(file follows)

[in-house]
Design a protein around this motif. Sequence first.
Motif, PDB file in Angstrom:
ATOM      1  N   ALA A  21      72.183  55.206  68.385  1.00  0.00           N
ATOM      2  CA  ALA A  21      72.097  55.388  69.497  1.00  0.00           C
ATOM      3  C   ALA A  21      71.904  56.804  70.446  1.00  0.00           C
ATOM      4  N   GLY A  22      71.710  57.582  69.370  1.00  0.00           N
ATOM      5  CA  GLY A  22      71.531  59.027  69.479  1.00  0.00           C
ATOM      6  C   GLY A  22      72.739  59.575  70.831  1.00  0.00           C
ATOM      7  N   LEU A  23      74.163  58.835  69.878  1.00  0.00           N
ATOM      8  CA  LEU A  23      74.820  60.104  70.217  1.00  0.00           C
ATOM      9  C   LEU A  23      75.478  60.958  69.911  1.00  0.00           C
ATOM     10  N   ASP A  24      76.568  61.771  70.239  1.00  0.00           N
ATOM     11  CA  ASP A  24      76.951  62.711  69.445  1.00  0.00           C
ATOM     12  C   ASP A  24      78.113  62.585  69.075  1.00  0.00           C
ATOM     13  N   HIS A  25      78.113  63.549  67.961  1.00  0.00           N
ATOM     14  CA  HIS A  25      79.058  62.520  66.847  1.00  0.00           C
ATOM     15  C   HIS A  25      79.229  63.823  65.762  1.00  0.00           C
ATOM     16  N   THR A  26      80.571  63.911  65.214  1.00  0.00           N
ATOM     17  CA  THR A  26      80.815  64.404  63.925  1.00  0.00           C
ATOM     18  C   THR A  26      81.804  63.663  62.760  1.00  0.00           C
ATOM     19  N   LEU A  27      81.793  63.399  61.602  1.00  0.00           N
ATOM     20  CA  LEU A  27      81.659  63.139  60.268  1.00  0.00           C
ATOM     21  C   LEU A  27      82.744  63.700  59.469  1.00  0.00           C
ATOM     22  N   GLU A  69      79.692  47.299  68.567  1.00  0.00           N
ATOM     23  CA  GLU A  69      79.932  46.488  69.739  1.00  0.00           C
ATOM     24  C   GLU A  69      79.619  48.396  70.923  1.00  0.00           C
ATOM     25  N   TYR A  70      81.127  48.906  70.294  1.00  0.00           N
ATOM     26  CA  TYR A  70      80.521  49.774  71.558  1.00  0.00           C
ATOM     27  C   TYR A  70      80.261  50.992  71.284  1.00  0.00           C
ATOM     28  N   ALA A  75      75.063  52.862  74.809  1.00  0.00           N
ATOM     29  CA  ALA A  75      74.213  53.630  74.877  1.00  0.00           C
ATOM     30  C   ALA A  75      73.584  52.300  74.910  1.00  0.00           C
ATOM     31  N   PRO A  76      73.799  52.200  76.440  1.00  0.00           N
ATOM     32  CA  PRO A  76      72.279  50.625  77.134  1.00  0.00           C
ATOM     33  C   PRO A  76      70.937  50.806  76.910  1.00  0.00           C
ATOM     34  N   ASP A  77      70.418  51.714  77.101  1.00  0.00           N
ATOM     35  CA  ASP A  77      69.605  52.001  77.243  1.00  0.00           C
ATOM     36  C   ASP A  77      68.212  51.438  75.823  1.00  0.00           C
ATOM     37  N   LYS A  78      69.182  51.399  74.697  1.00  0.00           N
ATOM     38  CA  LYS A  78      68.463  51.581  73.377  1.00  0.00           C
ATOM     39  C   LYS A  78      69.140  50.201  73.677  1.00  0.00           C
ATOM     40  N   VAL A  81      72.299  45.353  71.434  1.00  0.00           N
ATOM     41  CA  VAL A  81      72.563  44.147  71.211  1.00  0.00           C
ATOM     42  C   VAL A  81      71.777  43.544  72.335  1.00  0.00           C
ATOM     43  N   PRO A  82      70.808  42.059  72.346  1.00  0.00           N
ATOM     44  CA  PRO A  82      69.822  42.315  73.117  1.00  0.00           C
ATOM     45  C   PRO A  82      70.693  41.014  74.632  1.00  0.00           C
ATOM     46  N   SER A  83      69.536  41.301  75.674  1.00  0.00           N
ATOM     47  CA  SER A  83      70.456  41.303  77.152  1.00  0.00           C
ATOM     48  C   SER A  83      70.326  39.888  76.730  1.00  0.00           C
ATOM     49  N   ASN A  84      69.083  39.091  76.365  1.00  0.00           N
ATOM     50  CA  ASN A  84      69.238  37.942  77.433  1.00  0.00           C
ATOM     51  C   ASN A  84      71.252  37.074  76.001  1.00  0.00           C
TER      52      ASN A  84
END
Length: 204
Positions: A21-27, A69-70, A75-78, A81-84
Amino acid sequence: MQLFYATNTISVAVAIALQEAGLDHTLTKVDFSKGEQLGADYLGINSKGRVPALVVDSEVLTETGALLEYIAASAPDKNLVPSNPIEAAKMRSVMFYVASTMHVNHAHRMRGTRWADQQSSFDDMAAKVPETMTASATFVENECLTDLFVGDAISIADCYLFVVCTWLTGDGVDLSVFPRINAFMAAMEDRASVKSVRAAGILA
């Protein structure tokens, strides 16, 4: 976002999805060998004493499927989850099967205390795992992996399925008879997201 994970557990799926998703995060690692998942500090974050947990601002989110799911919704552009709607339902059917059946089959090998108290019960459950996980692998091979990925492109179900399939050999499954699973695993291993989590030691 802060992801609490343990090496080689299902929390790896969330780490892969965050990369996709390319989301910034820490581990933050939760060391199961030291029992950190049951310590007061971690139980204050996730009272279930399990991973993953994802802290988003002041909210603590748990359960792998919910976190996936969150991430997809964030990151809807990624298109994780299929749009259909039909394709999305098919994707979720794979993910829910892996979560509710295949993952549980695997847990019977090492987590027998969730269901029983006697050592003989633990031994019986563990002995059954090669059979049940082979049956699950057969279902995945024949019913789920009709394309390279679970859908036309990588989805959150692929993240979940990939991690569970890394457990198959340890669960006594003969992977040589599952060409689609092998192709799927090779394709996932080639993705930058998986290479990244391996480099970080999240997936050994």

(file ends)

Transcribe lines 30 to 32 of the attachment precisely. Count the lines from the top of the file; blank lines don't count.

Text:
ATOM     27  C   TYR A  70      80.261  50.992  71.284  1.00  0.00           C
ATOM     28  N   ALA A  75      75.063  52.862  74.809  1.00  0.00           N
ATOM     29  CA  ALA A  75      74.213  53.630  74.877  1.00  0.00           C